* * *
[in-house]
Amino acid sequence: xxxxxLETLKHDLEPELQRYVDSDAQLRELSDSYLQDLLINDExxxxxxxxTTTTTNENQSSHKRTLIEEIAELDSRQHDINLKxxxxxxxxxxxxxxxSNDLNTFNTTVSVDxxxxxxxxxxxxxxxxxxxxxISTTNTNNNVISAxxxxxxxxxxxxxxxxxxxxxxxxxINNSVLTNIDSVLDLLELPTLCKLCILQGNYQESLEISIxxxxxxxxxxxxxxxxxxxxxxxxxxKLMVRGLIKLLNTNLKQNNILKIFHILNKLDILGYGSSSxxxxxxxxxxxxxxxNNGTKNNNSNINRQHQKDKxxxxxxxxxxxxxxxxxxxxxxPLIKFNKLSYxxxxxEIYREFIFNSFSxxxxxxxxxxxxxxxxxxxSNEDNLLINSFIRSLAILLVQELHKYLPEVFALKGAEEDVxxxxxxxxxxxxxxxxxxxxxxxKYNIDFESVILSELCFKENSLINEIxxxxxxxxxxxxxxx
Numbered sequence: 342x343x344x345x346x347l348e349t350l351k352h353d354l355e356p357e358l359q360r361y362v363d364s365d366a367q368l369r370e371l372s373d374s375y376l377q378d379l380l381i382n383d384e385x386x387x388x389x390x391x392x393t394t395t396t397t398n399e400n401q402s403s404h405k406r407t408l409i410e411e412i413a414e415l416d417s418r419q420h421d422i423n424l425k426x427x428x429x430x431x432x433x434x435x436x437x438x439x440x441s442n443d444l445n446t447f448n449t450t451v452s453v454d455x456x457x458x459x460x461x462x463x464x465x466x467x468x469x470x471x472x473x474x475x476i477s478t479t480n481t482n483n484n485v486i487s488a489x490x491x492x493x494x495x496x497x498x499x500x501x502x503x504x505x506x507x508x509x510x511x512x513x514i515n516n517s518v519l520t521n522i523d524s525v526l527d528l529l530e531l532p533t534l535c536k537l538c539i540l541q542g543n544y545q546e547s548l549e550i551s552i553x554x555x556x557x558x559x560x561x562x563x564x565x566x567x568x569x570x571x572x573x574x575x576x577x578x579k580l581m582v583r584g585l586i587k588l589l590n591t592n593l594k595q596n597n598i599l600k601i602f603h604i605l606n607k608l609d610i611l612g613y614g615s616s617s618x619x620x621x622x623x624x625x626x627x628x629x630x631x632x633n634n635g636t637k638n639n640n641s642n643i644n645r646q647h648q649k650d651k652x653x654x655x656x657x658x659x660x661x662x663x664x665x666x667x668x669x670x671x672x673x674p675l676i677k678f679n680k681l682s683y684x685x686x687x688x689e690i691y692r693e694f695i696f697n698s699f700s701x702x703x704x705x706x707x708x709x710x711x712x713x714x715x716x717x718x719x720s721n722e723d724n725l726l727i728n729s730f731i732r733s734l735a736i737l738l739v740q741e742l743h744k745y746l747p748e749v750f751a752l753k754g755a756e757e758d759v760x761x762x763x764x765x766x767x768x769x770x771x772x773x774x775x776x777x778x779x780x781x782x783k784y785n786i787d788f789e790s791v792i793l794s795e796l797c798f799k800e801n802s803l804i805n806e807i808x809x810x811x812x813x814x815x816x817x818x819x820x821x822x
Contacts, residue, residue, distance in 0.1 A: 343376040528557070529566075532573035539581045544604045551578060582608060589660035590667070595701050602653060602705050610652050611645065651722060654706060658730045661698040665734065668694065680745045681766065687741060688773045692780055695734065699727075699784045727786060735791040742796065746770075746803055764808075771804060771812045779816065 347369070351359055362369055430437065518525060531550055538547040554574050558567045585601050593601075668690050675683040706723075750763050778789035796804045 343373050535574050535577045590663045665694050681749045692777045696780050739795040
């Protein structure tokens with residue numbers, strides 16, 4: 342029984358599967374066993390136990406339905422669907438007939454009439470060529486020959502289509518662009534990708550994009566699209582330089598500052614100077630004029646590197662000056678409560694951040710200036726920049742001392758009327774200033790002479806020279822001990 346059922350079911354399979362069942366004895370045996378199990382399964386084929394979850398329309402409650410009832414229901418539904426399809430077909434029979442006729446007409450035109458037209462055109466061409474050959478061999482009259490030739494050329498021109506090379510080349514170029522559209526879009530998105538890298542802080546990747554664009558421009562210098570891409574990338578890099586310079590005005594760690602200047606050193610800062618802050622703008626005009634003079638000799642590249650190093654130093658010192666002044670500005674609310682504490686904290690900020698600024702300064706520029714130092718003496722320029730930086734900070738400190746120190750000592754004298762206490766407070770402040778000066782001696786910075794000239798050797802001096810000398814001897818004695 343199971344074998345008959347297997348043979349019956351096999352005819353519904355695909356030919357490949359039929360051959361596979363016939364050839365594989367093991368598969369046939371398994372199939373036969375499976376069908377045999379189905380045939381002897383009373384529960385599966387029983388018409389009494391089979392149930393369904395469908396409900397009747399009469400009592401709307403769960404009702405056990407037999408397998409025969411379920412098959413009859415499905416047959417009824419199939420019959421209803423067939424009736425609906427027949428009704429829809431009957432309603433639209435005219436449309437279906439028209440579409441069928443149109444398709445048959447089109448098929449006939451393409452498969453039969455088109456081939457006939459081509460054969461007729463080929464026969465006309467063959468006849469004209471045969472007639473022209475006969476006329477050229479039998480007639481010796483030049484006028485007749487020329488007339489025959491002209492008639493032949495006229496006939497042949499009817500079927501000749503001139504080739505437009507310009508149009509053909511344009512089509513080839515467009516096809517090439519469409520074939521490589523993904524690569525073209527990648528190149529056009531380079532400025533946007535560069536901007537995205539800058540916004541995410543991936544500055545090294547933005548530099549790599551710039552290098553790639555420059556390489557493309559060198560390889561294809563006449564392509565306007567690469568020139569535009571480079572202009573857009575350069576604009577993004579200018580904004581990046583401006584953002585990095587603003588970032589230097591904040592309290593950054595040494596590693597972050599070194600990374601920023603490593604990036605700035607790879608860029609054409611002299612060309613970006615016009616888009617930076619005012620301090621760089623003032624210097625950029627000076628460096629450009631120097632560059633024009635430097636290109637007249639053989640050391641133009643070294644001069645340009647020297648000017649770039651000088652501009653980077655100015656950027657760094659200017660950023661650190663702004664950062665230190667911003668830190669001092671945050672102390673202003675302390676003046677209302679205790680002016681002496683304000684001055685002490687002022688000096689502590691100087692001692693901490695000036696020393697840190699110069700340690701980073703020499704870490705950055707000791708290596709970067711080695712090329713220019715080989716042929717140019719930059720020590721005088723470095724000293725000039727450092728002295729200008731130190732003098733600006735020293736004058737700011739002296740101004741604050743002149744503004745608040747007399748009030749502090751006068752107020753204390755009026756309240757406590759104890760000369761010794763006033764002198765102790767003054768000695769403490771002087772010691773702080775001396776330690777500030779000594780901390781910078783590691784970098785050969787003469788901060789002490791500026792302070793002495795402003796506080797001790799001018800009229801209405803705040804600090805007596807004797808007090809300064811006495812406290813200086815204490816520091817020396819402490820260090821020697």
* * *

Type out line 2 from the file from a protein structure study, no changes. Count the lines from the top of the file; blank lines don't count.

Amino acid sequence: xxxxxLETLKHDLEPELQRYVDSDAQLRELSDSYLQDLLINDExxxxxxxxTTTTTNENQSSHKRTLIEEIAELDSRQHDINLKxxxxxxxxxxxxxxxSNDLNTFNTTVSVDxxxxxxxxxxxxxxxxxxxxxISTTNTNNNVISAxxxxxxxxxxxxxxxxxxxxxxxxxINNSVLTNIDSVLDLLELPTLCKLCILQGNYQESLEISIxxxxxxxxxxxxxxxxxxxxxxxxxxKLMVRGLIKLLNTNLKQNNILKIFHILNKLDILGYGSSSxxxxxxxxxxxxxxxNNGTKNNNSNINRQHQKDKxxxxxxxxxxxxxxxxxxxxxxPLIKFNKLSYxxxxxEIYREFIFNSFSxxxxxxxxxxxxxxxxxxxSNEDNLLINSFIRSLAILLVQELHKYLPEVFALKGAEEDVxxxxxxxxxxxxxxxxxxxxxxxKYNIDFESVILSELCFKENSLINEIxxxxxxxxxxxxxxx